Ground Breakers: Inflation, Covid and supply chains ‘cast a shadow’ on large gold miners as downgrades fly
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A few years ago the Aussie gold sector lifted itself off the canvas and emerged as the shrewdest in the world, defying a global mining downturn to emerge as a major growth sector.
Led by visionaries like Bill Beament and Jake Klein, the method of revitalising Australian mines companies like Newmont and Barrick seem to have forgotten were in their portfolios proved a winner.
Gold prices are still good — fetching $2,645/oz today, a price few companies could have imagined back in 2015 — but other things like diesel and labour are more expensive too.
With mines getting older and grades falling, that is posing some challenges for the ‘do no wrong’ crowd that rose up the leaderboards of the ASX 200 a couple years back.
Many have already blamed Covid cases and supply chain issues – not without cause – for a swag of production downgrades.
Evolution was early out of the blocks today with some bad news for investors.
It expects to produce 640,000oz in the almost finished FY22, despite a 15% lift in the March quarter to 170,000oz with a similar 15% lift to 38,000oz at its troubled Red Lake operations in Canada.
But the $5 billion gold producer will see all in sustaining costs well above guidance at $1250/oz (compared to $1135-1195/oz) due to a recent dive in copper prices, which will reduce the by-product credits from its Ernest Henry mine that help EVN knockdown its AISC numbers.
Longer term EVN says it plans to lift production 12% to 720,000oz in FY23 and another 11% to 800,000oz in FY24. It last year announced a three-year outlook that would have seen the company produce 880,000-950,000oz by FY24.
The slower than expected ramp up of Red Lake is a major factor. But supply chain and inflation issues have reared their heads as well. Klein said a number of issues outside Evolution’s control had “cast a shadow” on its operational performance.
Labour costs (half of EVN’s cost base) are expected to be 5-6% higher in FY23, with diesel 130% higher than July 2021 and power “significantly higher” and several contracts to be renewed in the coming year.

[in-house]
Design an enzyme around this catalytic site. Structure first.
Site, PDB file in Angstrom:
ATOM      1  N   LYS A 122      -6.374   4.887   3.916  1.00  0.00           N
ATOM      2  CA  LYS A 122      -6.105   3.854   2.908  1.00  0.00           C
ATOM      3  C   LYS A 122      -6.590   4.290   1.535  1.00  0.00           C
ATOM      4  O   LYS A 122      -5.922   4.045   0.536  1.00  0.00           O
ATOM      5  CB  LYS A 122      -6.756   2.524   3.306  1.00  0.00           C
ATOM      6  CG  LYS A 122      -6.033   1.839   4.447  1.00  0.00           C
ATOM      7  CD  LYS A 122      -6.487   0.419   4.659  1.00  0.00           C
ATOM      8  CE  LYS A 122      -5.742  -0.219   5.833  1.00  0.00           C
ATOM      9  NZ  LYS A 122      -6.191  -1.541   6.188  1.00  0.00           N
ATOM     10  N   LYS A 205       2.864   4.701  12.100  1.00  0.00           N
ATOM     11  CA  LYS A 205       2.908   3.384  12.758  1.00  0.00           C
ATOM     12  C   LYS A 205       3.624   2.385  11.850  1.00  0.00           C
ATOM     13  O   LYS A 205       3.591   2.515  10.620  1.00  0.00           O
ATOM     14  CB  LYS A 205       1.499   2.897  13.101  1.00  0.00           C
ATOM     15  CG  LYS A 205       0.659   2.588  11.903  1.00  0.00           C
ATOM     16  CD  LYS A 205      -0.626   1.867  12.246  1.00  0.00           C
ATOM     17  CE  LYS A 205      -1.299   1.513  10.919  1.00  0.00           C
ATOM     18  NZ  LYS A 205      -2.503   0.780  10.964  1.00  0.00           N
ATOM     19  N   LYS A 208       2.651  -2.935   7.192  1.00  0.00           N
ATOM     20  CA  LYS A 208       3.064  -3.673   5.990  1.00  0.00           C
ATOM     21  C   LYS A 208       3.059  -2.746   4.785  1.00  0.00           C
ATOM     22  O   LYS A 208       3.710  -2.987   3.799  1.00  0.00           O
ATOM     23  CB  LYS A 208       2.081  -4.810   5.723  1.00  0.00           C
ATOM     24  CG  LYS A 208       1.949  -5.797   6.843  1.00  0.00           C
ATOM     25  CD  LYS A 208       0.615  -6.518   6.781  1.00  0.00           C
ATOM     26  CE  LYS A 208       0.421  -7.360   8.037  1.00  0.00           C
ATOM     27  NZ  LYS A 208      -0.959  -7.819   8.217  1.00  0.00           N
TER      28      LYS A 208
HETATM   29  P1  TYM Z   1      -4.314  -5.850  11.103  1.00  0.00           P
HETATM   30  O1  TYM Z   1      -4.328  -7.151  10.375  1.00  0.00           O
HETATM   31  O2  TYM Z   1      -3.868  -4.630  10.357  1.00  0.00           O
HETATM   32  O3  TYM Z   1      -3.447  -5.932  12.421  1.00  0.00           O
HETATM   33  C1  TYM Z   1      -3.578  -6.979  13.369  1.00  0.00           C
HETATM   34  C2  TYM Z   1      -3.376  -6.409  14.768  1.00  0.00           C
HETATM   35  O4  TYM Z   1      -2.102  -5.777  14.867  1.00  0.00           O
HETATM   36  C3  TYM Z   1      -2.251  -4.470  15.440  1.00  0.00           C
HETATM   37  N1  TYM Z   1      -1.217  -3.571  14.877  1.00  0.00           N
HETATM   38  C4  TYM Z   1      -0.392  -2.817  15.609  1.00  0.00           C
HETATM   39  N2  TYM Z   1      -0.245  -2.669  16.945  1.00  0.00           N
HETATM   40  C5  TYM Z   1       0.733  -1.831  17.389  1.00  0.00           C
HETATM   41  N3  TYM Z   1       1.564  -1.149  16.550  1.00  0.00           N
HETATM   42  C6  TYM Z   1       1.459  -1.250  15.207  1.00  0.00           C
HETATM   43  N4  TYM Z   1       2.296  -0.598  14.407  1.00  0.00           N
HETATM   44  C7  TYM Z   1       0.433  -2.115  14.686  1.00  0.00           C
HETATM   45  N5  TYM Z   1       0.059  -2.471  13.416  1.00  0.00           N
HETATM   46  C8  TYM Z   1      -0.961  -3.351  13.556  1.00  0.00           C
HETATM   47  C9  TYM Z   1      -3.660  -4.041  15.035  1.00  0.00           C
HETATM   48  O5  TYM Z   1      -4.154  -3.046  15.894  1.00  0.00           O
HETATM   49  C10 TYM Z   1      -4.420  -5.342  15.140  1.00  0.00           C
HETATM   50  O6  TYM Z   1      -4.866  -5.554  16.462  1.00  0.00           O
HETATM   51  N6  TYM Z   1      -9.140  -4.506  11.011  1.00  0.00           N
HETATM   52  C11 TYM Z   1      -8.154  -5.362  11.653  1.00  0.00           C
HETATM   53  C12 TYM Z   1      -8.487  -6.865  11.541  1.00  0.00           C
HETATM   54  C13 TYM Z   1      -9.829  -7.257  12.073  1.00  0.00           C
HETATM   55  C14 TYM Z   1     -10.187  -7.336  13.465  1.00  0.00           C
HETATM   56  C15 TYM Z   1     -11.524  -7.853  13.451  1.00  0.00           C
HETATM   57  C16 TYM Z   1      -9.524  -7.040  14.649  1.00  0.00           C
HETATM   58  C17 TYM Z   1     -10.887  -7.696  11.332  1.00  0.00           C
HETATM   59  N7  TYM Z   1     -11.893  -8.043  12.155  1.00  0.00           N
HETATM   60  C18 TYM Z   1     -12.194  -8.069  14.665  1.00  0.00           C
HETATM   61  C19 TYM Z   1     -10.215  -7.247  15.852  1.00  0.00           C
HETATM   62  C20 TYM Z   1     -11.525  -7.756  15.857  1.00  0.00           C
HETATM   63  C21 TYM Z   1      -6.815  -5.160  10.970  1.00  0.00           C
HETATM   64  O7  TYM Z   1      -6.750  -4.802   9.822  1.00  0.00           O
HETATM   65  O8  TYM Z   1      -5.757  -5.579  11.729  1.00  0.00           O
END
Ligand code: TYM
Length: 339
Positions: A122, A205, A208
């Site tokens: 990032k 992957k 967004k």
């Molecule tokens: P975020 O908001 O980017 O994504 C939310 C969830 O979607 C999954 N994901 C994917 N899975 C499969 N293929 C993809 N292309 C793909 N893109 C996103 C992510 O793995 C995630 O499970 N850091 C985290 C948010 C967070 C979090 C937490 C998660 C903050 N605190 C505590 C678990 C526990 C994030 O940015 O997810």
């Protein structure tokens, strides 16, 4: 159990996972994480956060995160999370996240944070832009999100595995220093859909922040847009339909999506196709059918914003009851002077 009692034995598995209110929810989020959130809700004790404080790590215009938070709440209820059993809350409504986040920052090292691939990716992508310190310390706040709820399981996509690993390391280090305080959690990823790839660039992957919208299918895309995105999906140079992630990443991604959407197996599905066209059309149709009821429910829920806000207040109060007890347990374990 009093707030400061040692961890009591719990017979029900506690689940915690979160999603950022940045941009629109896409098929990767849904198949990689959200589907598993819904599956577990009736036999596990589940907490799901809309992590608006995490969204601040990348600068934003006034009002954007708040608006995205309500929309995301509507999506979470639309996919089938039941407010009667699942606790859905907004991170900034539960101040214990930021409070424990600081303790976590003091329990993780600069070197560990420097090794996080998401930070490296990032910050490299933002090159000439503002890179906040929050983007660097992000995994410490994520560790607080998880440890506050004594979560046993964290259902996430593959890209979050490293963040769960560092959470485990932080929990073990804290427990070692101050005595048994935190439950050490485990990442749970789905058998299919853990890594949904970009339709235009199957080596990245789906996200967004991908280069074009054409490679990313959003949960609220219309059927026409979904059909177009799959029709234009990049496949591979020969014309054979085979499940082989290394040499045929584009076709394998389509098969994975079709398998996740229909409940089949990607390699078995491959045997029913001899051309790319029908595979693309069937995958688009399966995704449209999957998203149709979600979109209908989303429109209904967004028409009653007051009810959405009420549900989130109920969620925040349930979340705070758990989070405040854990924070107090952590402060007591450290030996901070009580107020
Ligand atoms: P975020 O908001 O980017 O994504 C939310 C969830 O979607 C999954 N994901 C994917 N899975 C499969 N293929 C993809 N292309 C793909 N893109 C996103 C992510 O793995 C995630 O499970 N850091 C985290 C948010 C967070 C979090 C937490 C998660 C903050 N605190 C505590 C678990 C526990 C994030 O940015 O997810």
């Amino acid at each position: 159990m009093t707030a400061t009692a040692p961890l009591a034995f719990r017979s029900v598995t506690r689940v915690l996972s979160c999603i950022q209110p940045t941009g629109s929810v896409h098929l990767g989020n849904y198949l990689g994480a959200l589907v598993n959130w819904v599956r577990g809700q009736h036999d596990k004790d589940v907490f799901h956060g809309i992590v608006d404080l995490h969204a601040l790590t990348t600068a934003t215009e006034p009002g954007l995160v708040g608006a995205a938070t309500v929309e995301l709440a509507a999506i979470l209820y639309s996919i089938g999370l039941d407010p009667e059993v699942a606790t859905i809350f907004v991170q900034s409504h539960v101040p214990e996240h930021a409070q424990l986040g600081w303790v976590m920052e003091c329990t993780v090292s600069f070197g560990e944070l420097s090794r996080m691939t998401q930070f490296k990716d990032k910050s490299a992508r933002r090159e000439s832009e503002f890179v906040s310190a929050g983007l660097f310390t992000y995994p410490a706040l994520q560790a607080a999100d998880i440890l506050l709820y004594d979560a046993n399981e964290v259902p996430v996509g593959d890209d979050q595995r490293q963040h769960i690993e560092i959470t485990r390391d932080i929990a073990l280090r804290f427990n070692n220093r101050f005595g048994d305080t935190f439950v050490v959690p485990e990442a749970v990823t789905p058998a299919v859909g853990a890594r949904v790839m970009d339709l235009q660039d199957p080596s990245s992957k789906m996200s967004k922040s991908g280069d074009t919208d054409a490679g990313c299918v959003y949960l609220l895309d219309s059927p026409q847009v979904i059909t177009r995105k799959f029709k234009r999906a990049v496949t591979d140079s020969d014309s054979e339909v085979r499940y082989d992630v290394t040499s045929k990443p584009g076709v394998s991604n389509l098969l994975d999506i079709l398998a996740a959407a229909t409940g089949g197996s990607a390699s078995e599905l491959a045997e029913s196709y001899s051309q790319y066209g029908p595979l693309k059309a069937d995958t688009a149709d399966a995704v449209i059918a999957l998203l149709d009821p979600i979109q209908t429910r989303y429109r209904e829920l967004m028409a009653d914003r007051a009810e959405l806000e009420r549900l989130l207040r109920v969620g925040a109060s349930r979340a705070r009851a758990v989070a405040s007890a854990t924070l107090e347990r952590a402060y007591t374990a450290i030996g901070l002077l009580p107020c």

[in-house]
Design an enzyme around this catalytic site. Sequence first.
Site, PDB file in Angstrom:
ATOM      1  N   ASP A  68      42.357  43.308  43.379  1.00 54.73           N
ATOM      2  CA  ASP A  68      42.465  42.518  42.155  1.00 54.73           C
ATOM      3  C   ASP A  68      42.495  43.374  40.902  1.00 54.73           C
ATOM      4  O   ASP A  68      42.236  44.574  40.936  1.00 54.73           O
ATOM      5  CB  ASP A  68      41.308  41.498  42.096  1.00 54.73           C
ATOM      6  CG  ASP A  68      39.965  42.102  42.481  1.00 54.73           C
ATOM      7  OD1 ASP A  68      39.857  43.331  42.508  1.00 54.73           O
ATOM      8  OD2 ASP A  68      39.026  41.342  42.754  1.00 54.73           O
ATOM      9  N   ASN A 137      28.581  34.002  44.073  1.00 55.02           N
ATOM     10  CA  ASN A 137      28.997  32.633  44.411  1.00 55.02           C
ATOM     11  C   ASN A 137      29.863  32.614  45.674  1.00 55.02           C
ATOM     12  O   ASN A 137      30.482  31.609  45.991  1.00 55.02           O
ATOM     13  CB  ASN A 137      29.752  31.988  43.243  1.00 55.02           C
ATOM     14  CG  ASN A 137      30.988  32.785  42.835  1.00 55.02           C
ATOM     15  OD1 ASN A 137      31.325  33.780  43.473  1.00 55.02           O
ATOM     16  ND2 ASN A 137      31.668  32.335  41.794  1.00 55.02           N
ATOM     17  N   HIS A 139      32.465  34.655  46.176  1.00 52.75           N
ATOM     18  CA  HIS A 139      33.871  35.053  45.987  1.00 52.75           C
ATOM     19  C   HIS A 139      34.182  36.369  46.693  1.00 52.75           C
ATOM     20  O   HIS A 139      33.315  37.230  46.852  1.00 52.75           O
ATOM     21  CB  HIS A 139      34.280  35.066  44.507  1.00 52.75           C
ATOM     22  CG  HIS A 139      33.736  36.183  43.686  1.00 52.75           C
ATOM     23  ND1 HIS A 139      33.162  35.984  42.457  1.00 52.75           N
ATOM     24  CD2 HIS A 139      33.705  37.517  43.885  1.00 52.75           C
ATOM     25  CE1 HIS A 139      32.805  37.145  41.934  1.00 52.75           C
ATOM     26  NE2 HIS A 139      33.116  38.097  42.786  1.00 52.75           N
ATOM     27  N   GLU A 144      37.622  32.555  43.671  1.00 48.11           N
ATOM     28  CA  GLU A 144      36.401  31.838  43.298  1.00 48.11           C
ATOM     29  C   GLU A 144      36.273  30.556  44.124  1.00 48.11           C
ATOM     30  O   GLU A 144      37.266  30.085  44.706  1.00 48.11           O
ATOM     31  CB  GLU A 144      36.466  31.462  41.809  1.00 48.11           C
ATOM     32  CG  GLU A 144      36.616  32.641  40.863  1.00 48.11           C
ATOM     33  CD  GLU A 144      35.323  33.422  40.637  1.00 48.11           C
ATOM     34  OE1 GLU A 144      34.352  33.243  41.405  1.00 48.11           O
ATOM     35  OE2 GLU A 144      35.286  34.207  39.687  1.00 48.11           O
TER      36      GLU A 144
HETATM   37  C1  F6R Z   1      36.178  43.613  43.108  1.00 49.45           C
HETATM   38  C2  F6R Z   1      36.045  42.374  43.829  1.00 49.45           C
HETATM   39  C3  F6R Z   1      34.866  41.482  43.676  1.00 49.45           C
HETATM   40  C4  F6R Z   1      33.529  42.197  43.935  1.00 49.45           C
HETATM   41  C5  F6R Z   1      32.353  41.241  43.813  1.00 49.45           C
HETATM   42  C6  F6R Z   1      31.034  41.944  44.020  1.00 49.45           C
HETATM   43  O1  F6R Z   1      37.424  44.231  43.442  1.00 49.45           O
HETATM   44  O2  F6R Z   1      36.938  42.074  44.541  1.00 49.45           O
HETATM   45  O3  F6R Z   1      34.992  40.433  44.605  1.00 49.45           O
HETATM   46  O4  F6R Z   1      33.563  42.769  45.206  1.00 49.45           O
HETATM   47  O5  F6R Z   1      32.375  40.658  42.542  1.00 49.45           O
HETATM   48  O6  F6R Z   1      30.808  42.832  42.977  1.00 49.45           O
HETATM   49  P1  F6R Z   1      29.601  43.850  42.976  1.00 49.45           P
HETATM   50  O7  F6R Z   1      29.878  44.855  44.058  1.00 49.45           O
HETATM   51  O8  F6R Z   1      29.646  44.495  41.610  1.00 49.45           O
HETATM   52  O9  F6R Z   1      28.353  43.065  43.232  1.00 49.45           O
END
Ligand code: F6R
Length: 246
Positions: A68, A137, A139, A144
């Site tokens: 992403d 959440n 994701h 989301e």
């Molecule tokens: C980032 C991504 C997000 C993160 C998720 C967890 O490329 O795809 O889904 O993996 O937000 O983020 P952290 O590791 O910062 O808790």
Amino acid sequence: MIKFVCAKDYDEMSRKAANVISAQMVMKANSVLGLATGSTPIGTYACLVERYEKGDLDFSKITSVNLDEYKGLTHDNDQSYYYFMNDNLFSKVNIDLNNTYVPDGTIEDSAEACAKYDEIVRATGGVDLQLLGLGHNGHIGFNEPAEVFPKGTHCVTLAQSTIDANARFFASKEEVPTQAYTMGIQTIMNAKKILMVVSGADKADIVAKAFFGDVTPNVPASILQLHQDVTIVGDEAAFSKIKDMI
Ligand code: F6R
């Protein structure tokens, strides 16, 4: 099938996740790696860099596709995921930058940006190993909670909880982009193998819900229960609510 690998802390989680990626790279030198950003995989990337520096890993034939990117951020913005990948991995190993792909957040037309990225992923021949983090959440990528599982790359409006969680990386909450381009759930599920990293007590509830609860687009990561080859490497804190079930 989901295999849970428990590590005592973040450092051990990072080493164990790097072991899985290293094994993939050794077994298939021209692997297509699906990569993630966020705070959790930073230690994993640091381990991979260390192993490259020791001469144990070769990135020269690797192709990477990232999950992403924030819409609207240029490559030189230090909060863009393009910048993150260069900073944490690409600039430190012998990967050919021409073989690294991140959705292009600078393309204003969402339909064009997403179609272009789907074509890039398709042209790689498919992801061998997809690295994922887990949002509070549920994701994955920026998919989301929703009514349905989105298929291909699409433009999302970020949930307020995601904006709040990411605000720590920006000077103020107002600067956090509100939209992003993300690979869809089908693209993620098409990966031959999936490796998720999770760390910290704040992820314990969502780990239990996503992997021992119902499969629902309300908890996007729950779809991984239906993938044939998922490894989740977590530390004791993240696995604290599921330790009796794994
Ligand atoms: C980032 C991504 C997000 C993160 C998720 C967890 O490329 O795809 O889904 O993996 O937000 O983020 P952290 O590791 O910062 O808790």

Evolution is planning major capex of $530-600m in FY23 and sustaining capex of $190-240m, but has deferred a decision on a plant expansion at its Mungari mill in WA due to “boomtime” prices in the WA construction market.
“Labor market conditions in Western Australia have been challenging and disruptive at Mungari. It does feel like we are back to the boomtime conditions when commodity prices last peaked in 2011,” Jake Klein said.
“In our view, these conditions are not sustainable.
“And whilst we will complete the plant expansion study by the end of this calendar year as scheduled, we have decided to defer any commitment to this expansion and focus on optimising the current operation.
“This will allow us to produce approximately 127,000oz for each of the next two years and mitigate the risks of undertaking a major construction project in the current WA labor and cost environment.”
Evolution shares tumbled 17% on the downgrade, on what Klein acknowledged was a “tough day for shareholders”.
South Australian copper miner OZ has reduced its guidance for calendar 2022 from 127,000-149,000t copper to 120,000-135,000t after hitting operational issues at its Carrapateena and Prominent Hill mines.
The announcement was highlighted by a 13% hit to Carra guidance from a mix of damage to the material handling system at the mine and the impact of Covid absenteeism and wet weather.
Costs are also rising, with OZ’s AISC guidance a massive 17% higher thanks to the drop in production and an 8% blowout in inflation around labour, transport, fuel, explosives and ground support.
But OZ has been shielded by a fixed price electricity contract that means it is not exposed to east coast electricity surges.
AISC will rise from 135-155 US cents per pound of copper to 160-180 cents, although gold production remains unchanged at 208,000-230,000oz.
OZ has its own call on a potential WA mine development coming up, with an investment decision on the $1.1 billion West Musgrave nickel and copper mine due in the second half of the year.